Russian missiles cut electricity and water in Ukrainian towns

Russian missiles cut electricity and water in Ukrainian towns

Critical infrastructure in Kyiv, Kharkiv, and other Ukrainian towns was struck by a tremendous onslaught of Russian attacks on Monday morning. The strike, which seemed to be reprisal for what Moscow alleges was a Ukrainian attack on its Black Sea Fleet over the weekend, saw Russian missiles take out water and power supplies.

The military command and energy systems of Ukraine were the target of “strikes using long-range high-precision air and sea-based weaponry,” according to the Russian Defense Ministry.

The ministry said in a statement that “the strikes’ objectives were met and all intended targets were struck.

Of the more than 50 cruise missiles fired by Russia, Ukraine’s air force claimed to have shot down 44. However, according to Ukrainian Prime Minister Denys Shmyhal, missiles and drones struck 10 areas of the country and destroyed 18 objects, the majority of which were energy infrastructure.

In a Facebook post, he claimed that hundreds of communities across seven different Ukrainian regions were left without electricity, adding that “the repercussions might have been considerably worse” if the Ukrainian military hadn’t fired down the majority of the Russian missiles.
In the early hours of the morning, inhabitants in the Ukrainian capital heard loud booms as they got ready for work. The emergency services sent out text messages warning of a missile assault, and air raid sirens sounded nonstop for three hours.
According to Kyiv Mayor Vitali Klitschko, the damage to a power plant left 80% of the city’s 3 million residents without access to water supplies.
Klitschko urged inhabitants of Kyiv should “stock up on water from the closest pump rooms and places of sale” while local officials worked to restore supply as quickly as feasible.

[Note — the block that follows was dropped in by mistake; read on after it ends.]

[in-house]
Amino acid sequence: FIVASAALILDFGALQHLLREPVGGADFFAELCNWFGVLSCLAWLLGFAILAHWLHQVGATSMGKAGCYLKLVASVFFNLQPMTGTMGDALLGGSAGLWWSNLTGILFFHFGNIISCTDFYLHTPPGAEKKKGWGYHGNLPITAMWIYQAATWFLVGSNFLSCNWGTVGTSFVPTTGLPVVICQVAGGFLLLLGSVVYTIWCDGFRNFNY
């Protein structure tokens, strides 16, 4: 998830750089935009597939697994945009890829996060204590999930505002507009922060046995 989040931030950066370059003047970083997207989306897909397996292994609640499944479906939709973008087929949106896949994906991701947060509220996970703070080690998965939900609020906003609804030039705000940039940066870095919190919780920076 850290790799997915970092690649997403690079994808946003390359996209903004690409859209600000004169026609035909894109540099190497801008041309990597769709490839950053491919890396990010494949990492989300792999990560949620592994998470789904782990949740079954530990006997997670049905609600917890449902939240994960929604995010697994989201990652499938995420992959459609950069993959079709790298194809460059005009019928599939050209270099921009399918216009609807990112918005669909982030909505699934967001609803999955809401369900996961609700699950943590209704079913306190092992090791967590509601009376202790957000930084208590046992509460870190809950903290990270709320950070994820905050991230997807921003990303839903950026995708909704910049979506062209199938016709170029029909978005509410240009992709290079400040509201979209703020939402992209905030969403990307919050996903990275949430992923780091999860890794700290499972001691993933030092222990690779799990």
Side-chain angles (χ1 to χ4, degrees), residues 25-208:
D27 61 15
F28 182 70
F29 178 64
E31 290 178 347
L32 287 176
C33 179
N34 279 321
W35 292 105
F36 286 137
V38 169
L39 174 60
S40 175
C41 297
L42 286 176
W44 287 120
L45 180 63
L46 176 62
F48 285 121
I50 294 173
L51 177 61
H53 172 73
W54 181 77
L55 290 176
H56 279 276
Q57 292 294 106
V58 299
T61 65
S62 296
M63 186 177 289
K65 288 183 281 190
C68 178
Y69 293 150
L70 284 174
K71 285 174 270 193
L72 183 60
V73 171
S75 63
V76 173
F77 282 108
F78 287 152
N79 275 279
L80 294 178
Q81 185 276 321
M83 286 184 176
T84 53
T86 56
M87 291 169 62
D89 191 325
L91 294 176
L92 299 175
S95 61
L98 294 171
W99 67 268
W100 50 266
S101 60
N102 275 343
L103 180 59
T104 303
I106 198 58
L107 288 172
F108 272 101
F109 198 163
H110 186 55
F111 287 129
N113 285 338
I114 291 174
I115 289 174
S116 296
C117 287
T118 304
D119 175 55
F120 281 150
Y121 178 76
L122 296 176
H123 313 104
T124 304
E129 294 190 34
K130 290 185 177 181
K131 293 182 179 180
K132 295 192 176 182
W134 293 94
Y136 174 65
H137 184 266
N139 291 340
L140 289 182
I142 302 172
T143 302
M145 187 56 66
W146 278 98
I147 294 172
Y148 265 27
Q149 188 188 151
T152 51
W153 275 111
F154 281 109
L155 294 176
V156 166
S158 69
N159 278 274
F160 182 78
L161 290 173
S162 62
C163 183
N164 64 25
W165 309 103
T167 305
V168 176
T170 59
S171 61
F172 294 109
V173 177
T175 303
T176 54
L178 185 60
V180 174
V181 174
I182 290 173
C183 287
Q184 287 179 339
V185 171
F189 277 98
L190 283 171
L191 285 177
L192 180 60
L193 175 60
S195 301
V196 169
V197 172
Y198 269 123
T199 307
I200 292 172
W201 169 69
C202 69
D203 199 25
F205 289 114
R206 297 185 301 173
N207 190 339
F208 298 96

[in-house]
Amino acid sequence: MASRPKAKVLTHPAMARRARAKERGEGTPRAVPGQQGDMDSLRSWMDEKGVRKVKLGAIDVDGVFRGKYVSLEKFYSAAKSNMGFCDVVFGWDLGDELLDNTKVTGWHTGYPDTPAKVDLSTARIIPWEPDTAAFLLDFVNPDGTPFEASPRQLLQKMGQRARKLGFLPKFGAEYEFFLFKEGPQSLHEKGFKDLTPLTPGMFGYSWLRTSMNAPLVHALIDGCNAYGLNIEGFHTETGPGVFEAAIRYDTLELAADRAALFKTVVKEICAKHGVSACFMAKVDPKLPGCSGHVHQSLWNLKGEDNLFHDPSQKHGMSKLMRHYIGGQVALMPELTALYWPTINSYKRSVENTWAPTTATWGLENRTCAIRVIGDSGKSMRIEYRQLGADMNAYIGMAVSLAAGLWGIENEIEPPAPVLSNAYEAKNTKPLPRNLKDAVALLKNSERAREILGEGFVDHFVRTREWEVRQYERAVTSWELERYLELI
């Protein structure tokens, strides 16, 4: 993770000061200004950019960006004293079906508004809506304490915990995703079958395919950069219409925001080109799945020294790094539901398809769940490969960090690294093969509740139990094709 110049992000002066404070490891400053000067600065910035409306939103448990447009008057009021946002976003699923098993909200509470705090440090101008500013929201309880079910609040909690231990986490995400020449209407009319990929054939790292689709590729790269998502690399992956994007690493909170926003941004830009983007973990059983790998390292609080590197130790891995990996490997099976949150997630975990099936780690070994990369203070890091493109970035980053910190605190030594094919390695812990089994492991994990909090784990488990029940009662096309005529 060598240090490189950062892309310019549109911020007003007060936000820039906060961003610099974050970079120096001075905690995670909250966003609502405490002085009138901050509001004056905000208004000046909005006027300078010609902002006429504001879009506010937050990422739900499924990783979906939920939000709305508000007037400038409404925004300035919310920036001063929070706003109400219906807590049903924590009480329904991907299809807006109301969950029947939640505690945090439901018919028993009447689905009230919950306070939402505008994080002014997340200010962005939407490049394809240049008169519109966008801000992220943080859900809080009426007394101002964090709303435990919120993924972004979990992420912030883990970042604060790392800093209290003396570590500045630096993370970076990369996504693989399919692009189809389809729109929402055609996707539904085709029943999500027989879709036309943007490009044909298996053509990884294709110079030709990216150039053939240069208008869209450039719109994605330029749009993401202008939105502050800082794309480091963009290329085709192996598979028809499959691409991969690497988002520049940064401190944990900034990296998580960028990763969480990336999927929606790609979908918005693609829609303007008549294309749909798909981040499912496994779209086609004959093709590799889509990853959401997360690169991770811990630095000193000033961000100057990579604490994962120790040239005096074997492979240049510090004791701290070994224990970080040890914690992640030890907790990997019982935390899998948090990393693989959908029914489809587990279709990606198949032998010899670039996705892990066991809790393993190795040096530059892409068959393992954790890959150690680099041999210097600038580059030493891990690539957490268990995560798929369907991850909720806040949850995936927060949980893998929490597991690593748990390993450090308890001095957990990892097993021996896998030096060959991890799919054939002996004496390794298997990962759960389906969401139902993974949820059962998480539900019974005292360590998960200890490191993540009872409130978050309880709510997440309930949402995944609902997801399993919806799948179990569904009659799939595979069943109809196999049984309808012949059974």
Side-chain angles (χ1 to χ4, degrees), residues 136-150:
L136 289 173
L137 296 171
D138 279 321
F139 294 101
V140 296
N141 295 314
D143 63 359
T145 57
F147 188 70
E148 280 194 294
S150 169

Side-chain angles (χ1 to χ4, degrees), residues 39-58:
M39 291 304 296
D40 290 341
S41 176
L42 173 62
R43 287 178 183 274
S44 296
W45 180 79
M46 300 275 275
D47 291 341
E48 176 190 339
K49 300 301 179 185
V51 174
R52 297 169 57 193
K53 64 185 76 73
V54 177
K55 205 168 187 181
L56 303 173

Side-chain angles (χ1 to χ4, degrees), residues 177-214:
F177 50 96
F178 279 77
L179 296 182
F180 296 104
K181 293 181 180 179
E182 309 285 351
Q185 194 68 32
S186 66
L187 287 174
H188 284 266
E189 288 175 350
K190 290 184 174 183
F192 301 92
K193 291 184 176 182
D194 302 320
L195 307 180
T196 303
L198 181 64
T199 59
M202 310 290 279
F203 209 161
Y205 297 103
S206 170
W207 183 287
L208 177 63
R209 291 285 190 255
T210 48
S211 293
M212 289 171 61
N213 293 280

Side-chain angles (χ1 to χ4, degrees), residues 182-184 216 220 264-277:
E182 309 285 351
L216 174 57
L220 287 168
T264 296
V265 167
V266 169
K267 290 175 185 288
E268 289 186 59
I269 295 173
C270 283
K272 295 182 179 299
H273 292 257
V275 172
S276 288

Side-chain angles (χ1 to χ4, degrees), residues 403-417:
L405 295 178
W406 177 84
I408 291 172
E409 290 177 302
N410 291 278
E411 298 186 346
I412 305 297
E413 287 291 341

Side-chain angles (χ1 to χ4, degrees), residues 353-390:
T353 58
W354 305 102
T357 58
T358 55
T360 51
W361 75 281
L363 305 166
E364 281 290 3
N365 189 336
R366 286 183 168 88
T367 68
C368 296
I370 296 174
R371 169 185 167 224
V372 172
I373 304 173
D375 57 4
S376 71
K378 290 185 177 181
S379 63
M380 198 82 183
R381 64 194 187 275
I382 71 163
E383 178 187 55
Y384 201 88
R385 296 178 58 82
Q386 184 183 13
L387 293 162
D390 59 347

The head of President Volodymyr Zelenskyy’s administration, Andriy Yermak, declared that the strikes on civilian targets would not make Ukraine’s resistance weaker.

Generations of Russians will suffer much as a result of their shame, we will endure, said Yermak.

Two days before to the strikes, Russia accused Ukraine of launching a drone attack on its Black Sea Fleet off the coast of the Crimean Peninsula, which it had occupied. Russia declared that it was stopping its participation in a U.N.-mediated agreement to ensure the safety of ships bringing grain from Ukraine, even though Ukraine disputed the assault and said Russia handled its own weaponry improperly.

Russia launched a tremendous barrage of attacks against Ukrainian infrastructure for the second time this month. Following an explosion on the Kerch Bridge, the only land connection between the Russian-occupied Crimean Peninsula in Ukraine and the Russian mainland, an assault of a similar kind shocked the war-torn nation on October 10. Moscow held Kyiv accountable for the explosion, but Ukraine never admitted guilt in the open.

The strikes on Monday happened shortly before Petr Fiala, the prime minister of the Czech Republic, and other senior officials, including the ministers of foreign affairs, defense, and interior, arrived in Kyiv as part of the most recent European Union assistance mission to Ukraine.

According to Prime Minister Shmyhal, there are ongoing emergency power outages in the cities of Kharkiv, Dnipropetrovsk, Kyiv, and Zaporizhzhia. The official stated, “Today, just as in previous weeks, it is crucial that Ukrainians utilize energy carefully and lessen the stress on the system.”
Oleksii Kuleba, the governor of the Kyiv area, said that one person was hurt and many homes were destroyed in the early morning assaults.
As the cold weather approaches, Kuleba said that “the Kremlin is exacting retribution for military failures on peaceful people who are left without power and heat.”

According to officials, two strikes in the eastern city of Kharkiv struck crucial infrastructure facilities, and the metro stopped running. The city of Zaporizhzhia may see power shortages as a consequence of the strikes, according to officials.

The largest nuclear power plant in Europe is located at Enerhodar, some 20 miles from Zaporizhzhia, which is still controlled by Ukrainian troops. Fighting near the Russian-occupied facility has stoked fears of an accident or possibly a planned strike that might cause broad radioactive contamination for months.
The western Ukrainian province of Lviv was also attacked on Monday, but the missiles were shot down, according to Maksym Kozytskyy, the governor of Lviv.

»Russian missiles cut electricity and water in Ukrainian towns«

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